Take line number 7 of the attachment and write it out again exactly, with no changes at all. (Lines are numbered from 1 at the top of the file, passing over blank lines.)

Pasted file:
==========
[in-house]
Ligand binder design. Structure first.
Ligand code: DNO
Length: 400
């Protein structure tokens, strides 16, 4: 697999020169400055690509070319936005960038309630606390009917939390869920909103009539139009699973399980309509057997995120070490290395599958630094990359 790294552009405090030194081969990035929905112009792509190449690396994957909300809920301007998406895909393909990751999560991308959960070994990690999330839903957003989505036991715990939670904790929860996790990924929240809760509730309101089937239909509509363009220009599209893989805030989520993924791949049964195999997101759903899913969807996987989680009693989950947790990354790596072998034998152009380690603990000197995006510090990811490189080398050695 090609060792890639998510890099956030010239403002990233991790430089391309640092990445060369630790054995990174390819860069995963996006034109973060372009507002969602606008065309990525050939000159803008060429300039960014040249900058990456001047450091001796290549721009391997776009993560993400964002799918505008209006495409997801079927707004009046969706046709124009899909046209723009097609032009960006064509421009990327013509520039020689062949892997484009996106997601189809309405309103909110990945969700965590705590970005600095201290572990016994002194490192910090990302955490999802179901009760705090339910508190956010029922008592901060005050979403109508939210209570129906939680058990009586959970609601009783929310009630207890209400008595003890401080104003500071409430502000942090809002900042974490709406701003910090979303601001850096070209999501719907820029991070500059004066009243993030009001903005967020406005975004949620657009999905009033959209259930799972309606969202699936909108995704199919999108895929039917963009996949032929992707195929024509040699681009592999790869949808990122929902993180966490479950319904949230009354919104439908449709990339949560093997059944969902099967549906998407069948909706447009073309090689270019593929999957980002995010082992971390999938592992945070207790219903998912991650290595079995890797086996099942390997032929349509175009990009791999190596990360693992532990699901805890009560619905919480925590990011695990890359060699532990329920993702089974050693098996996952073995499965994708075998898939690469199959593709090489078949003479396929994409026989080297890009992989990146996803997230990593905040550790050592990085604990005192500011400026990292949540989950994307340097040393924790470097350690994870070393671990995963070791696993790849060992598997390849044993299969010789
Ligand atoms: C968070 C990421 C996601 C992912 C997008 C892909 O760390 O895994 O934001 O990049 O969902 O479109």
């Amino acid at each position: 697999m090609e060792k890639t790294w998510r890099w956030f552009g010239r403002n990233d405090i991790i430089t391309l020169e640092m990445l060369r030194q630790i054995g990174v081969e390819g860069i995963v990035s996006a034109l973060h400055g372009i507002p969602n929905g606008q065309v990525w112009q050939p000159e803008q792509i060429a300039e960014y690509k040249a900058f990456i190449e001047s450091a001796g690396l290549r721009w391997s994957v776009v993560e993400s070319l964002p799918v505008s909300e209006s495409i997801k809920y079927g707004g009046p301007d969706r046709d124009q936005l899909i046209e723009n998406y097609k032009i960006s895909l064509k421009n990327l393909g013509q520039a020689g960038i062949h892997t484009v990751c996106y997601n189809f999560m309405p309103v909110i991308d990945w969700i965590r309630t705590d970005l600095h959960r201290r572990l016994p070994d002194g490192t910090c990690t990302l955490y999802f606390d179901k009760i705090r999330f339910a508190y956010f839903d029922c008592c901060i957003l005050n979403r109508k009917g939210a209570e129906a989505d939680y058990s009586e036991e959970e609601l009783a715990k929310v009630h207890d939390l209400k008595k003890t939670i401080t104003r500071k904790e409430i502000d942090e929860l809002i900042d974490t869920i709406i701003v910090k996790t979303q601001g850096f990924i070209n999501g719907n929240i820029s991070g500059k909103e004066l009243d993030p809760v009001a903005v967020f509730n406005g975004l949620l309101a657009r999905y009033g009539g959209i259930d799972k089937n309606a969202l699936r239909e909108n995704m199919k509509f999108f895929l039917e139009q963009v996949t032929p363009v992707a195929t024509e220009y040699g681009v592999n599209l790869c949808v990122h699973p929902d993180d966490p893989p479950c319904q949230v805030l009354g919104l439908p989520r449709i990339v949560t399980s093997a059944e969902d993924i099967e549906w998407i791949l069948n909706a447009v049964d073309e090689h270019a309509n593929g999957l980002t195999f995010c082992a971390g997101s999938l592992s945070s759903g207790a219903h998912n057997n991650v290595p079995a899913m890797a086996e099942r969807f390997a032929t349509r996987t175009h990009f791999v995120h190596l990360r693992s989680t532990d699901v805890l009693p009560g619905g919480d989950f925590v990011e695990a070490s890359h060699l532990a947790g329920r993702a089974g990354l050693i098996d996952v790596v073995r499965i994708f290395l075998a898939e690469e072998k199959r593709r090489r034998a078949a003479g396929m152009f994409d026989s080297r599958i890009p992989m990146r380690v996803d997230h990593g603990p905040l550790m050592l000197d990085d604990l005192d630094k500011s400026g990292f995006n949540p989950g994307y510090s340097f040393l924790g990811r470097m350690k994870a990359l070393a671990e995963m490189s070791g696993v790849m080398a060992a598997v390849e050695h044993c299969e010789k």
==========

């Amino acid at each position: 697999m090609e060792k890639t790294w998510r890099w956030f552009g010239r403002n990233d405090i991790i430089t391309l020169e640092m990445l060369r030194q630790i054995g990174v081969e390819g860069i995963v990035s996006a034109l973060h400055g372009i507002p969602n929905g606008q065309v990525w112009q050939p000159e803008q792509i060429a300039e960014y690509k040249a900058f990456i190449e001047s450091a001796g690396l290549r721009w391997s994957v776009v993560e993400s070319l964002p799918v505008s909300e209006s495409i997801k809920y079927g707004g009046p301007d969706r046709d124009q936005l899909i046209e723009n998406y097609k032009i960006s895909l064509k421009n990327l393909g013509q520039a020689g960038i062949h892997t484009v990751c996106y997601n189809f999560m309405p309103v909110i991308d990945w969700i965590r309630t705590d970005l600095h959960r201290r572990l016994p070994d002194g490192t910090c990690t990302l955490y999802f606390d179901k009760i705090r999330f339910a508190y956010f839903d029922c008592c901060i957003l005050n979403r109508k009917g939210a209570e129906a989505d939680y058990s009586e036991e959970e609601l009783a715990k929310v009630h207890d939390l209400k008595k003890t939670i401080t104003r500071k904790e409430i502000d942090e929860l809002i900042d974490t869920i709406i701003v910090k996790t979303q601001g850096f990924i070209n999501g719907n929240i820029s991070g500059k909103e004066l009243d993030p809760v009001a903005v967020f509730n406005g975004l949620l309101a657009r999905y009033g009539g959209i259930d799972k089937n309606a969202l699936r239909e909108n995704m199919k509509f999108f895929l039917e139009q963009v996949t032929p363009v992707a195929t024509e220009y040699g681009v592999n599209l790869c949808v990122h699973p929902d993180d966490p893989p479950c319904q949230v805030l009354g919104l439908p989520r449709i990339v949560t399980s093997a059944e969902d993924i099967e549906w998407i791949l069948n909706a447009v049964d073309e090689h270019a309509n593929g999957l980002t195999f995010c082992a971390g997101s999938l592992s945070s759903g207790a219903h998912n057997n991650v290595p079995a899913m890797a086996e099942r969807f390997a032929t349509r996987t175009h990009f791999v995120h190596l990360r693992s989680t532990d699901v805890l009693p009560g619905g919480d989950f925590v990011e695990a070490s890359h060699l532990a947790g329920r993702a089974g990354l050693i098996d996952v790596v073995r499965i994708f290395l075998a898939e690469e072998k199959r593709r090489r034998a078949a003479g396929m152009f994409d026989s080297r599958i890009p992989m990146r380690v996803d997230h990593g603990p905040l550790m050592l000197d990085d604990l005192d630094k500011s400026g990292f995006n949540p989950g994307y510090s340097f040393l924790g990811r470097m350690k994870a990359l070393a671990e995963m490189s070791g696993v790849m080398a060992a598997v390849e050695h044993c299969e010789k």